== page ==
This morning's news gives us a very good example of the interdependency of public services and how cuts in one area simply displace costs onto another.
The UK Border Agency has withdrawn funding for officers working on illegal immigration at the Galloway ports. About two million people pass through the Galloway ports of Stranraer and Cairnryan each year, with two in every 100 passengers being police checked. They expect Dumfries and Galloway Police to pick up the cost. This is a force already facing massive cuts in police officers and staff.
No doubt the head of the Border Agency will report to his minister that he has met his cuts targets. Box ticked, job done. But locally it is anything but job done. The Chief Constable was on the radio this morning describing the advice he had been given that involved releasing illegal immigrants and telling them to attend an interview in Glasgow the following week. He expressed some scepticism that an illegal immigrant was going to attend such an appointment!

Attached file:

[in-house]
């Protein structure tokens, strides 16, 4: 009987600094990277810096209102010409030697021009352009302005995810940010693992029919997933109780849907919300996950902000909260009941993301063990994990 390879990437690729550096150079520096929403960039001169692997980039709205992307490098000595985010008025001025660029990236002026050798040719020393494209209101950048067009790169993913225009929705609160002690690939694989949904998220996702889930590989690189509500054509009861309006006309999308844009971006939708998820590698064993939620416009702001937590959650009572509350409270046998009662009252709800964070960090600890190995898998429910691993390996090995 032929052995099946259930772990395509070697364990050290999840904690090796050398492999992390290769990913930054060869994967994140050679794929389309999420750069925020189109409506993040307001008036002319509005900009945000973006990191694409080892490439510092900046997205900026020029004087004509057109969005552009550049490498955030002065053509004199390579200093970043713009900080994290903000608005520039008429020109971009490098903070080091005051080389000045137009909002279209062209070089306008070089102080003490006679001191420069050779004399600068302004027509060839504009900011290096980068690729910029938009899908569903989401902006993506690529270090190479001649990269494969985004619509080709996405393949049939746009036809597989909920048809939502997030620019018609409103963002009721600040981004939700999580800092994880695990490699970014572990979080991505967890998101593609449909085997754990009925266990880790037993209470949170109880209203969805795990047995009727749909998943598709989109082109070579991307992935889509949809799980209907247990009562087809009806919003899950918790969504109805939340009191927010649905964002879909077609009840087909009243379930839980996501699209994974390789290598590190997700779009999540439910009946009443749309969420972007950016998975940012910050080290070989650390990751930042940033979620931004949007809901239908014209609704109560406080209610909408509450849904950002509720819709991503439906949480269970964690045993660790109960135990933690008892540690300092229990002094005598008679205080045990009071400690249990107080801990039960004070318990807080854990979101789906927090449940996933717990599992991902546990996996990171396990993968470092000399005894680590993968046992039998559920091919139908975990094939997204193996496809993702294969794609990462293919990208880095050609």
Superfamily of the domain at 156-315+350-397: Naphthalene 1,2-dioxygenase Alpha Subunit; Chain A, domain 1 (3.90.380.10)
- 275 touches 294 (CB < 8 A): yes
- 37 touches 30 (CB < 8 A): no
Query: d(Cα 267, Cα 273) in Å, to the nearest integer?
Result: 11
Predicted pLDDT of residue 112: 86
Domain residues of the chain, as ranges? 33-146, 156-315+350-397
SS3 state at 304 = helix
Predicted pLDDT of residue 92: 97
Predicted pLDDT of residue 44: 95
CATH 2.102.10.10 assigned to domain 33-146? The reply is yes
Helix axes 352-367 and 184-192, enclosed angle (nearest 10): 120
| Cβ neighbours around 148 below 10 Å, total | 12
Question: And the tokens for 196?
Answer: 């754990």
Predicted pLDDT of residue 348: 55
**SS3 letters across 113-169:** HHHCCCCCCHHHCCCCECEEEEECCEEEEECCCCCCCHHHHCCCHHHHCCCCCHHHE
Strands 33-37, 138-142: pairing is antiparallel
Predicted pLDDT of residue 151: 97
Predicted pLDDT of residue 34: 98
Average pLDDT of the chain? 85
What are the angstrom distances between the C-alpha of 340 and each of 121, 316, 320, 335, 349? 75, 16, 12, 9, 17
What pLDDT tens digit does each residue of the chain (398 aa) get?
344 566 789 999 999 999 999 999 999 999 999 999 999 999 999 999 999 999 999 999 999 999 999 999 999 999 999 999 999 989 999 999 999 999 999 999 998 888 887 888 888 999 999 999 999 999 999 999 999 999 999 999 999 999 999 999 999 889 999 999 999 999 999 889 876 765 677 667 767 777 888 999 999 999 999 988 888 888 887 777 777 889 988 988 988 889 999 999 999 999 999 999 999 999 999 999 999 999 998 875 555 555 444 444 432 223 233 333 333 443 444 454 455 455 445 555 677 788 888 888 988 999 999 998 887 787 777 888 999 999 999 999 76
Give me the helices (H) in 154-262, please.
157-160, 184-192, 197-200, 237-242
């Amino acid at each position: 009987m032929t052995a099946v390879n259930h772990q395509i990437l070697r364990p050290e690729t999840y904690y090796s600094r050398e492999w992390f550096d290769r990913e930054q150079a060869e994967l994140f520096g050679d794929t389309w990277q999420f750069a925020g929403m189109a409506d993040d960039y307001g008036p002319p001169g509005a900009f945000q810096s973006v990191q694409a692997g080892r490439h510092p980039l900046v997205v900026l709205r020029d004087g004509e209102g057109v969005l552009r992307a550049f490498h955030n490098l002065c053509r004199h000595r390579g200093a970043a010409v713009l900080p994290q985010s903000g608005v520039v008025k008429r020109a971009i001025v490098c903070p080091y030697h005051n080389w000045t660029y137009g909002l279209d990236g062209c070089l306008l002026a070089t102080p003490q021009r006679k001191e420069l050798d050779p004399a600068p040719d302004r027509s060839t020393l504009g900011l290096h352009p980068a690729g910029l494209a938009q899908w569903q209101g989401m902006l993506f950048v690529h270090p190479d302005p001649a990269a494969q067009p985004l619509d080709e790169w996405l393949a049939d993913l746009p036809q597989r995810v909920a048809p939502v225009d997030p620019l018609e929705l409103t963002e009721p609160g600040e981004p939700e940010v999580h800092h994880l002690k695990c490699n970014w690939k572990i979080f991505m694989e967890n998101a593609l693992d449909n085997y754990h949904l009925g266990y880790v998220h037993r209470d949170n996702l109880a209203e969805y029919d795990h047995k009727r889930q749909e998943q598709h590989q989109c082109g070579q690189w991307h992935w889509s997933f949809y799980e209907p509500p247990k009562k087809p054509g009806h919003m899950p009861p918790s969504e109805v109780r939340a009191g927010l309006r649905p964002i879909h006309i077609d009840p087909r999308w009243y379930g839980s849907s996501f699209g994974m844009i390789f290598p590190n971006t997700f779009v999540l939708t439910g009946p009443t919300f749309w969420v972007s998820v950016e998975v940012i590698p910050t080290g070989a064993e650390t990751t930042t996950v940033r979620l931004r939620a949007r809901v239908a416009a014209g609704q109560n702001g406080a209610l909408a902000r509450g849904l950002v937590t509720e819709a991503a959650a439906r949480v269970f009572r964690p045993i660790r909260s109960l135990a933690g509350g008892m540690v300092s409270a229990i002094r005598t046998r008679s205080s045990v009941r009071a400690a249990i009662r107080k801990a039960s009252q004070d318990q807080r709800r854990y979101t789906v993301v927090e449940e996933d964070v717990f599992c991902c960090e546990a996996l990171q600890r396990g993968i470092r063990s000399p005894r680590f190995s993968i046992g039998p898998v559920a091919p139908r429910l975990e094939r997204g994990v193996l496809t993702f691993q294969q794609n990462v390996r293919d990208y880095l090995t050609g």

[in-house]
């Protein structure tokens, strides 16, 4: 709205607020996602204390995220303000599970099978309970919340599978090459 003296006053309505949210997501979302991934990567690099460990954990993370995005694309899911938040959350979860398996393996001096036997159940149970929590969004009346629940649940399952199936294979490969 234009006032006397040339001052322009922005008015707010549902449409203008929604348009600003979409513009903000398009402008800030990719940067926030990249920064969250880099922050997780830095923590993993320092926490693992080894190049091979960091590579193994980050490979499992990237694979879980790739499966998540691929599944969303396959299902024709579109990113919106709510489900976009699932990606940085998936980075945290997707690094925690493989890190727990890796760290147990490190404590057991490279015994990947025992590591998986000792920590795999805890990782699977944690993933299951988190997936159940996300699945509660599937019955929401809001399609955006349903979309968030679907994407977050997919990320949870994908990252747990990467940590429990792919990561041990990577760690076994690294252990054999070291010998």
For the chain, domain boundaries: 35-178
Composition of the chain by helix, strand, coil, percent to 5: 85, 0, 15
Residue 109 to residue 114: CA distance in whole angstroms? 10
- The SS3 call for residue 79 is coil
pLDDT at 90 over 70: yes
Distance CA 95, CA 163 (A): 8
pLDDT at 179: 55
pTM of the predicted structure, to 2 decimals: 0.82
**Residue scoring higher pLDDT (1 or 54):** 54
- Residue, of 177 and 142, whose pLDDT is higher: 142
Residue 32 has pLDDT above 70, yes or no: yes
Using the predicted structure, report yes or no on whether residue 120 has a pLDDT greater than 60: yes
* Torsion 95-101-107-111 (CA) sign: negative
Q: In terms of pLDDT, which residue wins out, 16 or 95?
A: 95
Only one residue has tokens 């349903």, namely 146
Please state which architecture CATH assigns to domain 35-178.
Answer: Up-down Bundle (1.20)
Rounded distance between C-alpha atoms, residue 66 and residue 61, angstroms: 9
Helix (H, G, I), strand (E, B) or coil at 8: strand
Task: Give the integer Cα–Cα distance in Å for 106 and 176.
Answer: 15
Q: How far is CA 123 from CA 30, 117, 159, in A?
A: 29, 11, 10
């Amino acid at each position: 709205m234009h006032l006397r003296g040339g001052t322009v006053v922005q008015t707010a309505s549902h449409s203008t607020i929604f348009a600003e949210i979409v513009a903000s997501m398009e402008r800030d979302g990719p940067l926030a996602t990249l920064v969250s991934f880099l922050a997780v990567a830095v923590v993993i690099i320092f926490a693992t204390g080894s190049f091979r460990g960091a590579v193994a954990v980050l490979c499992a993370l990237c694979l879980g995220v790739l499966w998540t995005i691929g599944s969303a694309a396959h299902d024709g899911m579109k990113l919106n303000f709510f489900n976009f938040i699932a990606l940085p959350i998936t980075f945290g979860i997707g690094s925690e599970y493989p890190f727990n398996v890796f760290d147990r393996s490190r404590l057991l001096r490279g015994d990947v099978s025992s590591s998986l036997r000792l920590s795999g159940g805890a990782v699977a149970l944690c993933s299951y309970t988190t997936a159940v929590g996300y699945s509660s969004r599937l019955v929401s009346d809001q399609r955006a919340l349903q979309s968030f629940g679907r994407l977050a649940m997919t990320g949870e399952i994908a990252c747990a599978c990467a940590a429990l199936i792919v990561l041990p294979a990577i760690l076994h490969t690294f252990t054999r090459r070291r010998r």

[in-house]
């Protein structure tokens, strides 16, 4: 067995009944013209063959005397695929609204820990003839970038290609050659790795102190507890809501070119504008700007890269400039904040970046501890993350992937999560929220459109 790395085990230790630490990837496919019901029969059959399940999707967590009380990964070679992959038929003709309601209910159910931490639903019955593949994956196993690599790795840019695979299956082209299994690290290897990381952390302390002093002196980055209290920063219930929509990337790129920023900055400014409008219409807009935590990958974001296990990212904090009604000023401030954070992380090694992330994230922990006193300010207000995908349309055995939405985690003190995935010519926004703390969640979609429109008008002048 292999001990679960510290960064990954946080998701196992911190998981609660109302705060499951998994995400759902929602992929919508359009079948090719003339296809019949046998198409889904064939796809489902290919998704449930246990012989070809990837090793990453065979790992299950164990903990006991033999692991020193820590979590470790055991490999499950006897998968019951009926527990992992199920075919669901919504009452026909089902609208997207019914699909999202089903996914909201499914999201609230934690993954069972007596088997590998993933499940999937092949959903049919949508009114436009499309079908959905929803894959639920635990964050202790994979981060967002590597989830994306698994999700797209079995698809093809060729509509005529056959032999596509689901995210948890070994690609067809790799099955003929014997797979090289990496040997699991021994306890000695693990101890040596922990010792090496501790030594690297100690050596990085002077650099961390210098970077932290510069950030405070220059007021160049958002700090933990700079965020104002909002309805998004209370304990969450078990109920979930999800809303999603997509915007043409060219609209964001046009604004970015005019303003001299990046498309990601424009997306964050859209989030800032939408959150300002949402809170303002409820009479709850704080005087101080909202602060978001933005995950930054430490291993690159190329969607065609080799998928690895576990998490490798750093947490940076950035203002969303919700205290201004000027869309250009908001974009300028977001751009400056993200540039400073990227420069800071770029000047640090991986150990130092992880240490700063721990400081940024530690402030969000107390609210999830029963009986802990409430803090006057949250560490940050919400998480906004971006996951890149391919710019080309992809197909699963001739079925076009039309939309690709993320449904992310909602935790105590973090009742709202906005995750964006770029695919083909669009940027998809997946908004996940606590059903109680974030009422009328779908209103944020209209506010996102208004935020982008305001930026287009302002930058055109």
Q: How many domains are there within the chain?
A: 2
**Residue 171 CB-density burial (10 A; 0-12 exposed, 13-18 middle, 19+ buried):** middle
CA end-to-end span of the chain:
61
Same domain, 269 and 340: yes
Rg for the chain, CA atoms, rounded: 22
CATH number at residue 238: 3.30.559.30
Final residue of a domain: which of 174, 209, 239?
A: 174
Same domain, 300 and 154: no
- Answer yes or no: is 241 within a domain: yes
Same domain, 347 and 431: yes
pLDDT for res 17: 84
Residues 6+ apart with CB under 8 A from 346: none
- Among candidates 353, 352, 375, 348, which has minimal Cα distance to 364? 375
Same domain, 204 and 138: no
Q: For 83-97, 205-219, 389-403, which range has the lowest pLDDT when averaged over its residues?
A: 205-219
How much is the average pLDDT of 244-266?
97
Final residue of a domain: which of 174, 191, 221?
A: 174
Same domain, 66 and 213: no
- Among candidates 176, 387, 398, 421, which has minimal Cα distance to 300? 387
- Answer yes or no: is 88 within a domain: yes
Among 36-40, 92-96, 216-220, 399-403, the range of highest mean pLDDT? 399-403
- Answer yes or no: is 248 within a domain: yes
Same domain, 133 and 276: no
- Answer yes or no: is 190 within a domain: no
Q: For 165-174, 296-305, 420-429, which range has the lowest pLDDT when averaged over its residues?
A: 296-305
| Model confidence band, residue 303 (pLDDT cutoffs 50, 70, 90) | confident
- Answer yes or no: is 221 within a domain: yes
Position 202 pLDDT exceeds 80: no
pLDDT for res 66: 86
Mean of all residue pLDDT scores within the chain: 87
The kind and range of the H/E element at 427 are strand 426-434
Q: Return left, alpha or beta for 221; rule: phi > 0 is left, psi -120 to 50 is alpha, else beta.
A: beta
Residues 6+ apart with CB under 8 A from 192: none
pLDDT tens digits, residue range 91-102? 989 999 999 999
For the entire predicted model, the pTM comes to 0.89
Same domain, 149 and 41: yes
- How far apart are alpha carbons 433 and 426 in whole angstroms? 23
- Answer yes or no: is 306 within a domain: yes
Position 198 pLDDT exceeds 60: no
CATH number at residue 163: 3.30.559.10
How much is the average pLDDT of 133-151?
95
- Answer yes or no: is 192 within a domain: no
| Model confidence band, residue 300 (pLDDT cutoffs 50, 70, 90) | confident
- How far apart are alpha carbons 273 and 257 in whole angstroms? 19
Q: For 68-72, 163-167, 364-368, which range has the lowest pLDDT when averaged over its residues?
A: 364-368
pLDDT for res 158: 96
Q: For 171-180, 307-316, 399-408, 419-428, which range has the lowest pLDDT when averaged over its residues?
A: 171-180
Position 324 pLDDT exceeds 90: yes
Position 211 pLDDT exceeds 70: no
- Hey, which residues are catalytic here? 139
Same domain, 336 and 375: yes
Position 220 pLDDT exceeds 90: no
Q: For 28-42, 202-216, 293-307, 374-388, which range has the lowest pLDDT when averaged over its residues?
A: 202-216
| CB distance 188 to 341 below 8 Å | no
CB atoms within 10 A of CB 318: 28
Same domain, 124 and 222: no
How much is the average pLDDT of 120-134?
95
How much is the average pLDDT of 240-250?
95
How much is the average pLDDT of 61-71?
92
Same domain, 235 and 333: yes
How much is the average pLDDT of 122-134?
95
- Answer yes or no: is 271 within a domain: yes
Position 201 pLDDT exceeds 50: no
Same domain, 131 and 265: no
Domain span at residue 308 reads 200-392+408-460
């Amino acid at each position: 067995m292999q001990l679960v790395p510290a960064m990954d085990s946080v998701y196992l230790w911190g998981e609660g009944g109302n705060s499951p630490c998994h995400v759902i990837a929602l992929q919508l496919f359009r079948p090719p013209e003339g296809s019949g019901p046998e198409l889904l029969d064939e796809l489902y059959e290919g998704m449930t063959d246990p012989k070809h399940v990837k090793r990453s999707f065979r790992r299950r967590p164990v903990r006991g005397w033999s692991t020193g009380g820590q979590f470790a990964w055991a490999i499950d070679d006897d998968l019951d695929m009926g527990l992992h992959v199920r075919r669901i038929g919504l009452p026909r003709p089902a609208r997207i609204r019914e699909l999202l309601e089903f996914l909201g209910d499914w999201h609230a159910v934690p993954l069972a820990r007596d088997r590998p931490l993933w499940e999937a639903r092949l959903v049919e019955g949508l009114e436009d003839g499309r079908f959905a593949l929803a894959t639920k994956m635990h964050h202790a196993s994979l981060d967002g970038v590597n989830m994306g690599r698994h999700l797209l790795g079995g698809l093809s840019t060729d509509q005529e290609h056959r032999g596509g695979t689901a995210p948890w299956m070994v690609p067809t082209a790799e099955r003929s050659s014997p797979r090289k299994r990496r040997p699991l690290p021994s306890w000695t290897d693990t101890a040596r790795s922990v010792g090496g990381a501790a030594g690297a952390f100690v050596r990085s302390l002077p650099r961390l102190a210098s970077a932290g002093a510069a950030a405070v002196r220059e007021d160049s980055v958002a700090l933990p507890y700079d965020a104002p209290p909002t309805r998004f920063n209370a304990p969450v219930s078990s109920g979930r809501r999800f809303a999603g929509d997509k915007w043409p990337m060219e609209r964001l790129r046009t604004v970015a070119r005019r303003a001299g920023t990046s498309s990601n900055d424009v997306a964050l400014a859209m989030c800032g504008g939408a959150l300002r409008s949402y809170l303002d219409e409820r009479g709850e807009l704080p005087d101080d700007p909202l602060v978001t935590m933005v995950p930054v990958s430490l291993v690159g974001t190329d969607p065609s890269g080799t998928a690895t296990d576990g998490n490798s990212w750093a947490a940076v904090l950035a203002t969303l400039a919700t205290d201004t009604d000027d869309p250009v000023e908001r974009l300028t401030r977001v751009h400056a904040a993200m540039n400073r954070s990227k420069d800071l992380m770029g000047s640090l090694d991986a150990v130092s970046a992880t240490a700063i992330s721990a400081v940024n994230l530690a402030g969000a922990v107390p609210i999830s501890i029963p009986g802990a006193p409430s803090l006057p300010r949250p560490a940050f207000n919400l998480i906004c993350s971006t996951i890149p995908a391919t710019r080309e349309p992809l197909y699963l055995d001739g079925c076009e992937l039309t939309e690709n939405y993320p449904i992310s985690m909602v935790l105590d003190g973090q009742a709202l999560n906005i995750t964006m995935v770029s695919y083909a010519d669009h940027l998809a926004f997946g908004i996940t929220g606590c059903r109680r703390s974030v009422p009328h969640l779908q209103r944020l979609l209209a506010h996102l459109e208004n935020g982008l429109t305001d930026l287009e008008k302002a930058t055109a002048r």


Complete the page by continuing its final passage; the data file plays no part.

We can expect similar ploys across the public sector. Cuts in social care will block beds in acute hospitals. Cuts in energy efficiency measures will increase ill health with more visits to GPs. Shared support services will place additional administrative duties on front line staff. Robbing Peter to pay Paul, is now to be a national economic strategy.